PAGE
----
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    Re: command to find router ip address ?

    Code:
    #internal router IP
    ip route show | head -n 1 | awk {'print $3'}
    .
    Code:
    #External IP
    wget -q -O - https:\\ip.keithscode.com`
    Nice and easy

  9. #9
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    Re: command to find router ip address ?

    Quote Originally Posted by ActionParsnip View Post
    Code:
    #internal router IP
    ip route show | head -n 1 | awk {'print $3'}
    This assumes a normal setup and is very handy for that. I use an alias to make the 'ip' cmd prettier.
    Code:
    alias iproute='ip route | column -t'
    Or the old cmd, route -n does this automatically.

    But with a setup like this:
    Code:
    Internet -- Router1 -- Router2 -- computerB
                        |
                        +- computerA
    ComputerA won't see Router2, but arp should see the WAN interface for Router2 ... assuming it is being used as a router. But it could be used as a plain switch by ignoring the WAN port, setting the LAN IP for Router2 to be an unused, outside-the-DHCP range managed by Router1 ...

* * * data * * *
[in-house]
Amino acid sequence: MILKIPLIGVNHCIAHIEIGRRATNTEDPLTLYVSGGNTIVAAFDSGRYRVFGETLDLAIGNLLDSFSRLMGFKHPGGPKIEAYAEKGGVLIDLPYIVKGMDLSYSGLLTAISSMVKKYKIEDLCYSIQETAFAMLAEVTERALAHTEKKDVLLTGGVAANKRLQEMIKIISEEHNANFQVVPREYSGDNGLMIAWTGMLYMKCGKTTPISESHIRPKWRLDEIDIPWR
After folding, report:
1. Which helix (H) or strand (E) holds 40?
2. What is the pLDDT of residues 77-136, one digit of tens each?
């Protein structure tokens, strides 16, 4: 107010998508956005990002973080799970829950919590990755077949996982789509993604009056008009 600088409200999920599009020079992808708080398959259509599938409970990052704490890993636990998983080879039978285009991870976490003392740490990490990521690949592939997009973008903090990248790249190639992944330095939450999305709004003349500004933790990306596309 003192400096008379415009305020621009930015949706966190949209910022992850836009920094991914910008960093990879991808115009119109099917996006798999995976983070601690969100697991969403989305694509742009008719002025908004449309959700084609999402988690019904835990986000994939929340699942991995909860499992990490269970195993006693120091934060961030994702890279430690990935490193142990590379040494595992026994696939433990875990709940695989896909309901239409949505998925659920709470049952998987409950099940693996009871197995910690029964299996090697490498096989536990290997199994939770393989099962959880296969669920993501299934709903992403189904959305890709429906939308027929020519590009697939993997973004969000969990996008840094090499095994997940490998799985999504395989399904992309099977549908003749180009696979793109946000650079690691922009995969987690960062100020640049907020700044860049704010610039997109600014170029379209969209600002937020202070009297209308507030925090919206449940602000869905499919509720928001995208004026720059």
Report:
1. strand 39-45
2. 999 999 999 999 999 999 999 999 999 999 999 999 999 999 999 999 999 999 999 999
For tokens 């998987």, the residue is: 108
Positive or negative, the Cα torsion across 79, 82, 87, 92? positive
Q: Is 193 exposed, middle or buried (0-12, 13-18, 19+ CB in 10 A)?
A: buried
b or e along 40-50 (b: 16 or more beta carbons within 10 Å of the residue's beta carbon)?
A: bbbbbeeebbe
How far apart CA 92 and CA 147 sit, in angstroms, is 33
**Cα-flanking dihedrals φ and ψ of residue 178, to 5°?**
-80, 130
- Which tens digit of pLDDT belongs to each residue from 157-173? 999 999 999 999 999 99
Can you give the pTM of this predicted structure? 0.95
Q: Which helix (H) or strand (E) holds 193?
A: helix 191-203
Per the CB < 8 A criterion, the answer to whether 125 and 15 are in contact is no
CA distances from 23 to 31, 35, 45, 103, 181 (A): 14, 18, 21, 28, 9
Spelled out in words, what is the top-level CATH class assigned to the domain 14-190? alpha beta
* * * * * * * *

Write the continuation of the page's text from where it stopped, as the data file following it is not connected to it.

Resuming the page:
I'll add a photo in a few minutes of the port connections.

  10. #10
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    Re: command to find router ip address ?

    Attached is an image of a wifi/router that has been repurposed to be only a wifi-access point for guest use. The vendor stopped updating the firmware AND no 3rd party firmware like dd-wrt or openwrt is compatible.

    The Blue RJ-45 is the WAN port. It is empty. Unused.

    The Yellow RJ-45 ports are for the LAN. Only 1 port is used, which eventually connects back to the ISP-provided router and gets a DHCP-reserved IP from that ISP-router. That makes the IP effectively static. I force a x.x.x.254 IP for it. The .254 IP is outside the dynamic DHCP range provided to random devices. This part of my network is outside any trusted network. I don't trust wifi unless a vpn or ssh is used. If I didn't have this $130 when new device already, I'd get a $80 Ubiquiti AP. That's what I've deployed to clients and they work extremely well to get an AP where it is actually needed, not limited to where a wall power plug is available.